How a Private Equity Firm Works

A private equity firm is called a general partner (GP) and its investors that commit capital are called limited partners (LPs). Limited partners generally consist of pension funds, institutional accounts and wealthy individuals.

The general partner invests the fund’s committed capital in public and private companies, manages the portfolio of investments and seeks to exit the investments in the future for sizable returns. A general partner may manage one or a few funds that may have different investment restrictions such as geography, industry or typical size of each investment.

Each fund generally makes 10 to 12 investments and the life of a fund is usually 5 to 7 years. As a general partner’s funds become almost fully invested, the firm will need to plan future fundraising to raise new funds using its proven track record of success in previous funds.

Exhibit taken from Private Equity Interview Guide:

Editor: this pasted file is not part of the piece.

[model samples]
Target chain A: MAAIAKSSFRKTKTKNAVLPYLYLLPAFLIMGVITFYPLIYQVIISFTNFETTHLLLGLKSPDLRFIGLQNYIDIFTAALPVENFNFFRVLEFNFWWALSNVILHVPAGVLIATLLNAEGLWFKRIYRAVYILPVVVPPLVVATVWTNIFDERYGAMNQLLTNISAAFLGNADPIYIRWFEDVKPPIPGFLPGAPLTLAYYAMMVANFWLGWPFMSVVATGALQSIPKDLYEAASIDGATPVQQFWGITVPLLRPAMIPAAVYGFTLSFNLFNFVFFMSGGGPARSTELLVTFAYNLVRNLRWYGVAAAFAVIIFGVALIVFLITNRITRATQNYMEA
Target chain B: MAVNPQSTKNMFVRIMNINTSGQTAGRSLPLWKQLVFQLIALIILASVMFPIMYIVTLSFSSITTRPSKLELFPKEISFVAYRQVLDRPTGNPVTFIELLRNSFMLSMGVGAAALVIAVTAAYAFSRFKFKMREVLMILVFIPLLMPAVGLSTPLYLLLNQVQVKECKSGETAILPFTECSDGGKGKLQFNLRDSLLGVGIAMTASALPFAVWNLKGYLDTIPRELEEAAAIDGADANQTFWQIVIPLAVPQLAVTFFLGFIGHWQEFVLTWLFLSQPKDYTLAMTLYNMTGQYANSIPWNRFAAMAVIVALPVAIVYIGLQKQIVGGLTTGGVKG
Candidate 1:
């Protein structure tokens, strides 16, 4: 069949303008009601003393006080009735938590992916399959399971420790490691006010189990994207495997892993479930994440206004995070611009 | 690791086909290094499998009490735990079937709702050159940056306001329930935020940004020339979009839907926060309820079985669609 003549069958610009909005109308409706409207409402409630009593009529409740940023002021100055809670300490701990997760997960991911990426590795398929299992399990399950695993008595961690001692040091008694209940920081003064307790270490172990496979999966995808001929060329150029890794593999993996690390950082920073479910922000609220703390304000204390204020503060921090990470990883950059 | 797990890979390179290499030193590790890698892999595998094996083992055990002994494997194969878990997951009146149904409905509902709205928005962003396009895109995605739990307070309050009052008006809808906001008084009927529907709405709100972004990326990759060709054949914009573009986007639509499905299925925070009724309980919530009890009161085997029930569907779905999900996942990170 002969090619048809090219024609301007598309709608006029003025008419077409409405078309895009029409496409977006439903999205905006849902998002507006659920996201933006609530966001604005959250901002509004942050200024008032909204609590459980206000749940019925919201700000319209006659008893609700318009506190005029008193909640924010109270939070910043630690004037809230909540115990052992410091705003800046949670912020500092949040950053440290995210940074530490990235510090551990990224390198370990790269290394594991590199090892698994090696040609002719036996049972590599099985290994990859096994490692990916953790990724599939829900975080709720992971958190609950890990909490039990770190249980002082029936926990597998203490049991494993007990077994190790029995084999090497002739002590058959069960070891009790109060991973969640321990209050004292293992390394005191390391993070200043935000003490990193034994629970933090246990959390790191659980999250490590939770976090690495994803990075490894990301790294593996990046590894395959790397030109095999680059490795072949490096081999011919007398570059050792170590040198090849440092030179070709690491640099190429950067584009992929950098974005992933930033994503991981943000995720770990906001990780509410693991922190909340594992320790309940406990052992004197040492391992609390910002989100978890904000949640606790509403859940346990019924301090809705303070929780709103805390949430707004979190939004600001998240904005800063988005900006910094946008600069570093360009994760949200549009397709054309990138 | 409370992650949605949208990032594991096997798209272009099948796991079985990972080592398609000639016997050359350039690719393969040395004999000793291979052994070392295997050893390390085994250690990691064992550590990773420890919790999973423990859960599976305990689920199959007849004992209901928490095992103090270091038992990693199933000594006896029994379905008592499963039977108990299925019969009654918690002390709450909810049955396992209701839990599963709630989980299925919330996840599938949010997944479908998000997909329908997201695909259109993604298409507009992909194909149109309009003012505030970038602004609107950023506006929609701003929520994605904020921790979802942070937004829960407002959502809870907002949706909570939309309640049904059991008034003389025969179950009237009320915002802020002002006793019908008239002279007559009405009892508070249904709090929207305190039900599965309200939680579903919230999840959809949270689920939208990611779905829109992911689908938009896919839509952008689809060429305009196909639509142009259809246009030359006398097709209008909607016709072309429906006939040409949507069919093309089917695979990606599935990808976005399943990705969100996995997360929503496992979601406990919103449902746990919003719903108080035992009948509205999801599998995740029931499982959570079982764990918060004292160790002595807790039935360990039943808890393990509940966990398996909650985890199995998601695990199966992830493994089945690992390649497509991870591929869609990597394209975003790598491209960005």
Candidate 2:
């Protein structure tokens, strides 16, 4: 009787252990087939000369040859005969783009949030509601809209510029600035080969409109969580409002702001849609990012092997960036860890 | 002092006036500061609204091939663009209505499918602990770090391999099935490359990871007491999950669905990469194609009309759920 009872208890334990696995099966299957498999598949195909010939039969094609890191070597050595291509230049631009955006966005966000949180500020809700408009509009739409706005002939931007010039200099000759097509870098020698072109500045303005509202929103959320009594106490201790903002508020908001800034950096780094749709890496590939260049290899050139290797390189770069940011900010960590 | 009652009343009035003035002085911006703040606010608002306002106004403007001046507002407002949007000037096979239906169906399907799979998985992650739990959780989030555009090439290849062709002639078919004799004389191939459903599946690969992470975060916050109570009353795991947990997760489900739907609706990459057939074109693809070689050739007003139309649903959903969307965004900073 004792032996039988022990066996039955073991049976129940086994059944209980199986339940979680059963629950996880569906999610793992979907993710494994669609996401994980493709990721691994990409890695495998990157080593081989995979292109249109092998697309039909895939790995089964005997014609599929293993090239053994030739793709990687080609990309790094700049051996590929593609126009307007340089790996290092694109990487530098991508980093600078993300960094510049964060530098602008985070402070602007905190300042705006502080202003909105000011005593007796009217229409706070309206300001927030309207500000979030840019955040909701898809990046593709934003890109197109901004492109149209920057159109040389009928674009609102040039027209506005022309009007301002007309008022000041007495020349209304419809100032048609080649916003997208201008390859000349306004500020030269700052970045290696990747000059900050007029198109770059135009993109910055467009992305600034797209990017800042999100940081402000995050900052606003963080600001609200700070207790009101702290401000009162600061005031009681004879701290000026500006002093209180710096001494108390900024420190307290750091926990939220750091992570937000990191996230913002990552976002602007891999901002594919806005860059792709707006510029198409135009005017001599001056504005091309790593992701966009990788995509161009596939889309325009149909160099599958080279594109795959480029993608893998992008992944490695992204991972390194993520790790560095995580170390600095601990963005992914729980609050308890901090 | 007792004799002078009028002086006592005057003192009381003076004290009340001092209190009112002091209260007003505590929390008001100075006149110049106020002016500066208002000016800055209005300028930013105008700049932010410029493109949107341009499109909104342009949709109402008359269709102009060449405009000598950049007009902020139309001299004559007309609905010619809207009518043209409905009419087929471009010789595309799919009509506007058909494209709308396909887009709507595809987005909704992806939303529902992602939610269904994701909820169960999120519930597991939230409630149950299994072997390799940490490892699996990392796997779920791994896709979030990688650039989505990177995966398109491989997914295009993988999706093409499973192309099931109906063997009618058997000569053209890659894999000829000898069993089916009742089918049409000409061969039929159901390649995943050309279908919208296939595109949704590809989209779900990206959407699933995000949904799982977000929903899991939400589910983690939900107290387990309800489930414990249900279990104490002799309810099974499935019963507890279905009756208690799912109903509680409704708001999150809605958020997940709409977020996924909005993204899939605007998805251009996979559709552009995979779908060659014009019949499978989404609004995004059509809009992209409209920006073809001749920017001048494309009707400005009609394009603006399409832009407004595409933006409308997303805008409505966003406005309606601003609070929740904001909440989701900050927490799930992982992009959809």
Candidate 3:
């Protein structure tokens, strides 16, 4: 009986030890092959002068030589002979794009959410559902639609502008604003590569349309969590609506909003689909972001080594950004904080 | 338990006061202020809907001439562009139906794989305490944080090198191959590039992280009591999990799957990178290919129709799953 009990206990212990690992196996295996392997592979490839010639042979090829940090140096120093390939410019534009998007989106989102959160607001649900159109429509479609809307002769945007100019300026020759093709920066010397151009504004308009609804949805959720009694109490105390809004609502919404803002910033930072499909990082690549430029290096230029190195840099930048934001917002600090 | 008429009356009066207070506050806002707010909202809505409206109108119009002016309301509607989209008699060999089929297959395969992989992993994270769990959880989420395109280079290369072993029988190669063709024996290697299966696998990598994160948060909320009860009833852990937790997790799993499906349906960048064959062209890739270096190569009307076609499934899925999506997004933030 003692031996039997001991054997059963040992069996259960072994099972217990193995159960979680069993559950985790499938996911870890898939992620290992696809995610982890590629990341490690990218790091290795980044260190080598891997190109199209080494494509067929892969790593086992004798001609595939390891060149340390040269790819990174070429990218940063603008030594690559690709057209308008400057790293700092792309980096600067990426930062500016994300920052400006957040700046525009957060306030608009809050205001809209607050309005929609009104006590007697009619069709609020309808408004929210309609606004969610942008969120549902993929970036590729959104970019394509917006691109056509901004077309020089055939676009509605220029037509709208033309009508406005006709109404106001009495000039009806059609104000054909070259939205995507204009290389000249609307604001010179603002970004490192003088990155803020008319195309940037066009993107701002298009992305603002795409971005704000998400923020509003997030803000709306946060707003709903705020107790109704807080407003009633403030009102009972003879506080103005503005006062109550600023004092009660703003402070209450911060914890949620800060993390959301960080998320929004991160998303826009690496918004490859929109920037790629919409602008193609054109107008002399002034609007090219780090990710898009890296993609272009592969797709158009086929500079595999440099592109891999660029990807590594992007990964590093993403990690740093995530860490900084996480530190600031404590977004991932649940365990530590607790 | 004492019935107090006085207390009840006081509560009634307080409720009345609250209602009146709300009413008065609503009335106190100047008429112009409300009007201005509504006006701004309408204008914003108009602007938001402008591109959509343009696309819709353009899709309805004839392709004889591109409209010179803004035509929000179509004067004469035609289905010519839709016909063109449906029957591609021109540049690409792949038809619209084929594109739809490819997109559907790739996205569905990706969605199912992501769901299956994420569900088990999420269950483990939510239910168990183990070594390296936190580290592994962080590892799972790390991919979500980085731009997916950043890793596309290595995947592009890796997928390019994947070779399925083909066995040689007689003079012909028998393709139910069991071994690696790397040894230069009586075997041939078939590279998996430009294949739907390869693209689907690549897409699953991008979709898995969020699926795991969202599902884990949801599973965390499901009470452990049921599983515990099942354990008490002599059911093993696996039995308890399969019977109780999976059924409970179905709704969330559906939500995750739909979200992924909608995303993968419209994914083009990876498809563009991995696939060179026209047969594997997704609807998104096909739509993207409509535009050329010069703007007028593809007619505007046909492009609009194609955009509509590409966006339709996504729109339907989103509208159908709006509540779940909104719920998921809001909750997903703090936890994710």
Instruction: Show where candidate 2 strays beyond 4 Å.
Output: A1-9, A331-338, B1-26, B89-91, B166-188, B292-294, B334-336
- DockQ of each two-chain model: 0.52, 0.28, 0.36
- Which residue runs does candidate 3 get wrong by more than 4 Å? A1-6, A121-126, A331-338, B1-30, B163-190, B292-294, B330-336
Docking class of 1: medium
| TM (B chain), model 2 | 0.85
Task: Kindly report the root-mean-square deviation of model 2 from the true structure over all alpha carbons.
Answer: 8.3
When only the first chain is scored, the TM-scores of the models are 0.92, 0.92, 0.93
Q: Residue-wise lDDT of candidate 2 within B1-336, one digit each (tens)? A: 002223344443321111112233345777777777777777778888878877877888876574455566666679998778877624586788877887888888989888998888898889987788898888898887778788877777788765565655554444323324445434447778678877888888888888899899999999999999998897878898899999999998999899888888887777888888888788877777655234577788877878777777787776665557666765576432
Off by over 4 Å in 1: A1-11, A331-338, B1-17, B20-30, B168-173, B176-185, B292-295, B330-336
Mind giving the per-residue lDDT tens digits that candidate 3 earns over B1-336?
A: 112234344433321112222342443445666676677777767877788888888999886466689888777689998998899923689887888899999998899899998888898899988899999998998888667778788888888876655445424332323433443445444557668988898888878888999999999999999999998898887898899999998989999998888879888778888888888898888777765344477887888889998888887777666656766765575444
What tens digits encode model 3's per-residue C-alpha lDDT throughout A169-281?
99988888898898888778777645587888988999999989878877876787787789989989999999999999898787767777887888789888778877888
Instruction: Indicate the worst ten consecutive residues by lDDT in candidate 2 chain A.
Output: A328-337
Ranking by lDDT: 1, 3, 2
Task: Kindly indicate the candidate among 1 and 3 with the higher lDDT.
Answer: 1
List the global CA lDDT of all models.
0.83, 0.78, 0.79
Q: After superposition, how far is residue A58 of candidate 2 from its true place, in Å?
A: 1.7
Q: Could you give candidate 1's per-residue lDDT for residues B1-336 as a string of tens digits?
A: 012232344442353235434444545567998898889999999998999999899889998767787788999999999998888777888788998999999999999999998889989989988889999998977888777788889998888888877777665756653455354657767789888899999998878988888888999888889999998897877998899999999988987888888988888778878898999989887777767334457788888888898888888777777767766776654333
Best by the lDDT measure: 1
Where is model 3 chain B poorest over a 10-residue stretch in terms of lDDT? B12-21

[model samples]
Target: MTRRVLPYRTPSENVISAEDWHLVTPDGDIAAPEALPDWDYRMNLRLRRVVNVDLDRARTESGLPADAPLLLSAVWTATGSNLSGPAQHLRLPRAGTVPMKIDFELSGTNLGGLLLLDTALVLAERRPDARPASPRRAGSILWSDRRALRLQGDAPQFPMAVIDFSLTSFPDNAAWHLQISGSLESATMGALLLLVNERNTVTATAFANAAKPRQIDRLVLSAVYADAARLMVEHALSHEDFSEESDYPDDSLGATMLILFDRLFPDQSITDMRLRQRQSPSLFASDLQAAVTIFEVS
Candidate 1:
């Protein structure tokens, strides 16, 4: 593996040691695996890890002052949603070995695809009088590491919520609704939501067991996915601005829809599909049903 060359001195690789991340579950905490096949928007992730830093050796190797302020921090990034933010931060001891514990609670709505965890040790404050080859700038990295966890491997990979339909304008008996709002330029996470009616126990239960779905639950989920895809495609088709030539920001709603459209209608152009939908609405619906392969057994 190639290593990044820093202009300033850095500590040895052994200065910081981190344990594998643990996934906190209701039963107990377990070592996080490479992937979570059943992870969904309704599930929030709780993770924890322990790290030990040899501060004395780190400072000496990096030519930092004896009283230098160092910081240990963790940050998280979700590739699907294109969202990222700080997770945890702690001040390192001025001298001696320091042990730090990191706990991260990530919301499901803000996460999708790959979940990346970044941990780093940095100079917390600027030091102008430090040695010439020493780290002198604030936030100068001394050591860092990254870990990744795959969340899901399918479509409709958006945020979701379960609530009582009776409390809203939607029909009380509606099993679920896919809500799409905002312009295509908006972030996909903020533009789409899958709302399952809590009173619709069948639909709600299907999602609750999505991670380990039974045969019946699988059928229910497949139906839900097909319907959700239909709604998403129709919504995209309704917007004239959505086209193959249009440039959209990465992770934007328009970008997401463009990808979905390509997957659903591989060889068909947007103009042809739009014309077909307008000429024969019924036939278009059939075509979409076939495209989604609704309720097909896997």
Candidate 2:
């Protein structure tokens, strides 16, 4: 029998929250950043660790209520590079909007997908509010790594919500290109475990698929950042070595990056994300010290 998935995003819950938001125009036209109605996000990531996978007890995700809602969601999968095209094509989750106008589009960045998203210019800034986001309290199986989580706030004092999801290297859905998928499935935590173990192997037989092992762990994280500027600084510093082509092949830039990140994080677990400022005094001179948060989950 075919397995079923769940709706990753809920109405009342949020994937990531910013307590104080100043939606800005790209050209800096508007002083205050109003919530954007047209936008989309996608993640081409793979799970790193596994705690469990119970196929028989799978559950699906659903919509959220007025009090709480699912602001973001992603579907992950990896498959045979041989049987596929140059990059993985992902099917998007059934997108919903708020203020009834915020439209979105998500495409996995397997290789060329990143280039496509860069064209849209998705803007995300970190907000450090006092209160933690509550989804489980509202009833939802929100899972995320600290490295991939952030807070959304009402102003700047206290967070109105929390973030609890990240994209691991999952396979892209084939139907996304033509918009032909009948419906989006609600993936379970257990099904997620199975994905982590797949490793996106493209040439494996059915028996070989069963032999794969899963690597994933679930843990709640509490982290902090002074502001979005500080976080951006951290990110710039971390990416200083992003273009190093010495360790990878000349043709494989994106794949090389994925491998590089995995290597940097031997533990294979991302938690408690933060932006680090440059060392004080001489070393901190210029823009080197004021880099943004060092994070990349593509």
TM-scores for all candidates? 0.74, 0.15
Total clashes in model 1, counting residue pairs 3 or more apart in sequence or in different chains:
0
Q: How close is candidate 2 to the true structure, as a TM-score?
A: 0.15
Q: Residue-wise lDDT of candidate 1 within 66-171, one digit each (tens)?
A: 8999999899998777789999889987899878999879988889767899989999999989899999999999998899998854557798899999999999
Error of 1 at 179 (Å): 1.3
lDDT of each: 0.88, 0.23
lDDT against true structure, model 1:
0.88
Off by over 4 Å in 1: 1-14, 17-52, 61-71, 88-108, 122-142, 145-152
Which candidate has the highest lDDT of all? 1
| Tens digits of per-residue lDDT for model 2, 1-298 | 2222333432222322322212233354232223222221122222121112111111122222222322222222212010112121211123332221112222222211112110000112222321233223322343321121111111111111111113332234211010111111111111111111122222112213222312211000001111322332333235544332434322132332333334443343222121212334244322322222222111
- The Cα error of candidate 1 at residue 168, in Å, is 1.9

General partners generally charge both a management fee and a performance fee. While this varies by firm and its funds, typical management fees consist of 2% of assets under management and performance fees of 20% which are taken from exited investments. Performance fees are also called “carried interest” or “carry”.

In a few instances, there is a hurdle rate which is a % return (typically 8-10%) that LPs must receive before performance fees can be received by the general partner. Performance fees motivate the private equity firms to generate superior realized returns. These fees are intended to align the interests of the general partner and its LPs.